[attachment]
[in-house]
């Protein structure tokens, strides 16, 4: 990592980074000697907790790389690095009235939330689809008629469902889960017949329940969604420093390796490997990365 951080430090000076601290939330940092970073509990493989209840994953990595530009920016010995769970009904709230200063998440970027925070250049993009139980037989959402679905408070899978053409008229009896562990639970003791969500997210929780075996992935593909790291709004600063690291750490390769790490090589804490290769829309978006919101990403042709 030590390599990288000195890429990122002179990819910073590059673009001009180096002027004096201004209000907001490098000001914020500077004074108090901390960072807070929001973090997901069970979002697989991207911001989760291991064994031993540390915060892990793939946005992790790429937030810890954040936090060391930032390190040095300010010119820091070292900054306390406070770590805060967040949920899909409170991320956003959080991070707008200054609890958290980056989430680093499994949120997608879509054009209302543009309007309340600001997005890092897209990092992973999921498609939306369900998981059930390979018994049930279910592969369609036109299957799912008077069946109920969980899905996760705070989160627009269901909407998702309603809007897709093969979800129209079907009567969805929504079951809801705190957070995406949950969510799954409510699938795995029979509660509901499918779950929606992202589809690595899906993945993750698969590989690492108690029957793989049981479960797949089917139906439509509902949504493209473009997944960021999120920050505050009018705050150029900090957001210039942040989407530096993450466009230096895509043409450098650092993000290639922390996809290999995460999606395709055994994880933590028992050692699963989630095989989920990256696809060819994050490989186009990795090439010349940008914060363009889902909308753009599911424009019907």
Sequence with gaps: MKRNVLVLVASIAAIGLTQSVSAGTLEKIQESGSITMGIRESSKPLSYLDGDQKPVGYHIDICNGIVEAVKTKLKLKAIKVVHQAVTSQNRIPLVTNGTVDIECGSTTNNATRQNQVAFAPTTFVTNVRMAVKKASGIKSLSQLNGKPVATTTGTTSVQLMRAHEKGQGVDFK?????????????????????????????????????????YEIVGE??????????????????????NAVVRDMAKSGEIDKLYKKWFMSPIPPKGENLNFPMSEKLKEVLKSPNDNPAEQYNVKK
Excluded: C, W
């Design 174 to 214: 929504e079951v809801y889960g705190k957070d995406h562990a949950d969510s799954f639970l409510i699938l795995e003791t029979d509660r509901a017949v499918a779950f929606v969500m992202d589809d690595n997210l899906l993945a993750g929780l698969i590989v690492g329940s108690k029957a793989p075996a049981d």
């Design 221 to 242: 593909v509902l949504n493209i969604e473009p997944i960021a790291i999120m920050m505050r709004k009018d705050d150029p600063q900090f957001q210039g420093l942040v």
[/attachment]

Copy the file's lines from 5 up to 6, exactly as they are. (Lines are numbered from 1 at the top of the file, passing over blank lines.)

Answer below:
């Design 174 to 214: 929504e079951v809801y889960g705190k957070d995406h562990a949950d969510s799954f639970l409510i699938l795995e003791t029979d509660r509901a017949v499918a779950f929606v969500m992202d589809d690595n997210l899906l993945a993750g929780l698969i590989v690492g329940s108690k029957a793989p075996a049981d």
């Design 221 to 242: 593909v509902l949504n493209i969604e473009p997944i960021a790291i999120m920050m505050r709004k009018d705050d150029p600063q900090f957001q210039g420093l942040v």